Politicians do politics because they can't help it. It's what they do: their whole reason for existence. A public man -- or woman -- can no more help legislating and campaigning and back-scratching and log-rolling and fundraising than -- than what? Than a writer on politics can stop bloviating and prophesying. I state the comparison with a degree of shame. We're all in this together -- politicos and pundits. We love the game, and that's too bad, for everybody.
These reflections come to mind on account of the Great Political Repositioning now underway in Washington due to Republican takeover of the Senate and the opportunity to stick it, after all these years, to the president. You can tell from the purity tests going around how deep is the exasperation -- left and right -- with what the last six years have produced.
Liberals can't wait for the voters to elect a sure-enough, hand-tooled liberal -- Sen. Elizabeth Warren, say, to do the work the onetime liberal savior, Barack Obama, failed to do. Tea Party conservatives in the Republican Party want some overdue accounts settled; business conservatives want some taxes cut, some regulations relaxed or eliminated. As of Monday, a backroom rebellion against House Speaker John Boehner was underway. The guy isn't pure enough or pugnacious enough or ambitious enough. Or various things some of the conservative troops see as undercutting the cause. Analyses abound concerning the likelihood of Capitol Hill-White House cooperation on many matters.
We shall see the main point, I think, lies elsewhere. That point is the infinite capacity of public men and women for disappointing, if not enraging, those expecting to see the world's troubles solved on their watch, or at least addressed intelligently. That is not what politicians do -- for all the advice and encouragement they get from the stands.
They ought to try anyway? Yes, of course. I say this from the perspective of the Right, with its justifiable concerns and anxieties over regulation and taxes -- saying nothing of its impatience with the Left for cultivating the notion that you can make up your own morality.
A number of needful reforms will at the very least come up for discussion -- lower business taxes, the Keystone pipeline, modifications to Obamacare, federal interference with public education. At least a few useful measures may get enacted -- though no one can guess which. Faint cheers will arise, mingled with hisses and boos. The democratic process -- whatever the partisan configurations of the moment -- rarely delivers perfect souffles. It often can't even scramble an egg.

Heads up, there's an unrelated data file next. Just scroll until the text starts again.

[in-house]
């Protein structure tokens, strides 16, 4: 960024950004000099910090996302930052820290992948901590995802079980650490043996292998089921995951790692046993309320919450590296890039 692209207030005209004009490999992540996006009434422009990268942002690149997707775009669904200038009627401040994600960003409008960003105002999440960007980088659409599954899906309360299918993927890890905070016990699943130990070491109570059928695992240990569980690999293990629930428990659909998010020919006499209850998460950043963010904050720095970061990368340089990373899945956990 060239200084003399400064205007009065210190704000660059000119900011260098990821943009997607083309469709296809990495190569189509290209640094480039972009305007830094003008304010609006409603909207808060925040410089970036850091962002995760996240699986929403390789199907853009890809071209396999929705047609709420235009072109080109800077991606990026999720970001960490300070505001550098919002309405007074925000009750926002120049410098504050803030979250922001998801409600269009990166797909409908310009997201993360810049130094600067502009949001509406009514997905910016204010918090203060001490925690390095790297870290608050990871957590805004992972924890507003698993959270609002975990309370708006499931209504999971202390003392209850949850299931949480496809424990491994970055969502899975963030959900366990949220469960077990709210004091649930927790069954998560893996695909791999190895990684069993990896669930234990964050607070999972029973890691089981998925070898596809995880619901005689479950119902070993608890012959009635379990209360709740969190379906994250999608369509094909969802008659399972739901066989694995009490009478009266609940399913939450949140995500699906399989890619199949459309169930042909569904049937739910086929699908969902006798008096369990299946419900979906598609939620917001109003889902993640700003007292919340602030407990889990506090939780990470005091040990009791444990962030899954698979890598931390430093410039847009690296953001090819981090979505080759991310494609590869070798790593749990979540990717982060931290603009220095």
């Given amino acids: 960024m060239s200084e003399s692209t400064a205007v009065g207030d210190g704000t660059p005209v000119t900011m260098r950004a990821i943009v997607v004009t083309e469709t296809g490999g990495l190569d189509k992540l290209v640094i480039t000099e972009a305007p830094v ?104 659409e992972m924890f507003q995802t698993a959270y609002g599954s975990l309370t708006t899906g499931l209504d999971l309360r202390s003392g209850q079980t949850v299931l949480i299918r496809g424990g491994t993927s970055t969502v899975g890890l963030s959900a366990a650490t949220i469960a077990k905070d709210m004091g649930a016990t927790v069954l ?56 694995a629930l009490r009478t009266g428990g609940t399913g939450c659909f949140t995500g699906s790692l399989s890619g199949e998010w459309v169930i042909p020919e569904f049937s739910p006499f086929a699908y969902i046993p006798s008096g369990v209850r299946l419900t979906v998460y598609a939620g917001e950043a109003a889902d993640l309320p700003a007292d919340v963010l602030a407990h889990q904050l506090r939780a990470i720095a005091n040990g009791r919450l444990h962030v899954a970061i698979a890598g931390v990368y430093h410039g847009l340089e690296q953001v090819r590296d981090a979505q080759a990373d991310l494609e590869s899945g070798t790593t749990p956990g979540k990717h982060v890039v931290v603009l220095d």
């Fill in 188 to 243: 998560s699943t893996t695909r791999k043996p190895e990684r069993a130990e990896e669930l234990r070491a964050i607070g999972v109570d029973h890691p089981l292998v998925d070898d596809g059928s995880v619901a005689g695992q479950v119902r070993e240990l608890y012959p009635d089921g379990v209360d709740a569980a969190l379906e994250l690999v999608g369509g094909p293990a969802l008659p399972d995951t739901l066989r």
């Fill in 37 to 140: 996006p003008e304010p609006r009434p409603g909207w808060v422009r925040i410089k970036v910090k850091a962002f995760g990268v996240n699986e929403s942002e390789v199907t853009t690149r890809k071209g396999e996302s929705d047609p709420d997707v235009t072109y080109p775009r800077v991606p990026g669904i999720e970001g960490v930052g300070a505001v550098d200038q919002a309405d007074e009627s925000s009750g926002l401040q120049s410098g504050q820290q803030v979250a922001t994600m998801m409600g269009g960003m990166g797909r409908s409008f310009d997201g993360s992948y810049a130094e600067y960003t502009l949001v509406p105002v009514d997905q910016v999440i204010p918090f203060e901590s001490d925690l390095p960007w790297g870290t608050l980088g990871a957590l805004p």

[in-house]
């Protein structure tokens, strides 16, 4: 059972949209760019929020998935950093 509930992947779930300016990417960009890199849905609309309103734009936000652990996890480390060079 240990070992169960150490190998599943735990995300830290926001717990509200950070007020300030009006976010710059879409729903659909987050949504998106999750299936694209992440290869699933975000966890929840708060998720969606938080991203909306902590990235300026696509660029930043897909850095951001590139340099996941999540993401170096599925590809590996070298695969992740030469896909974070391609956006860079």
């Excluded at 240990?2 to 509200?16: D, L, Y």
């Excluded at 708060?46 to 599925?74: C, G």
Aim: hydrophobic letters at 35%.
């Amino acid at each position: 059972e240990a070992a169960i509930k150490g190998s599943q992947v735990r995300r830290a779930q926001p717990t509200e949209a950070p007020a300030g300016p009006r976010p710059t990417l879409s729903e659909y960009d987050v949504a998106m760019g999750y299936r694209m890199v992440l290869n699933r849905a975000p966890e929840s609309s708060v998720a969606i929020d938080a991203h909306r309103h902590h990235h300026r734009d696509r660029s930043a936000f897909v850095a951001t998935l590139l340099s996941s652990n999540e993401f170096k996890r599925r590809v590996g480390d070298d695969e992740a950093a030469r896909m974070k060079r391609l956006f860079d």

Not too much is to be hoped of the incoming Congress: That is my counsel. Some good things will happen. If business taxes are cut and/or rationalized, greater hiring may result. Some large fragments of the Obamacare monument may fall to the ground; e.g., Congress might be able to slip past Obamacare's originator, a measure exempting employers from pushing 30-hours-a-week employees into the program. Such things should be done. Probably not a lot else, nevertheless, will happen.
Divided government is part of the reason for it. Larger still, as explanations go, are the electorate's divisions. Not everybody wants the same things. If Ted Cruz or Rand Paul replaced Obama in the White House in 2016, who would want to bet on either man's getting more than a fraction of all he could be relied on to propose in his first inaugural message? The political process -- too large and unwieldy for good government -- is too large and unwieldy to move, most of the time, off dead center.
The need of the day isn't new government programs; it's less reliance on government programs, period, to achieve much more than the administration of daily justice and the defense of the national shores against foreign foes.
Too bad, because the style of government we presently enjoy (if that's the word) was shaped by previous generations to confront and, where possible, overcome problems of every dimension. We get lectures on local policing from the U.S. Justice department; the U.S. Education department tells local teachers how to teach ... et cetera, et cetera.
Try fixing all that, Sen. Cruz, Sen. Warren -- the whole lot of you who suppose a vote in Congress is the key, one way or another, to the resolution of our problems.
Umm ... not quite.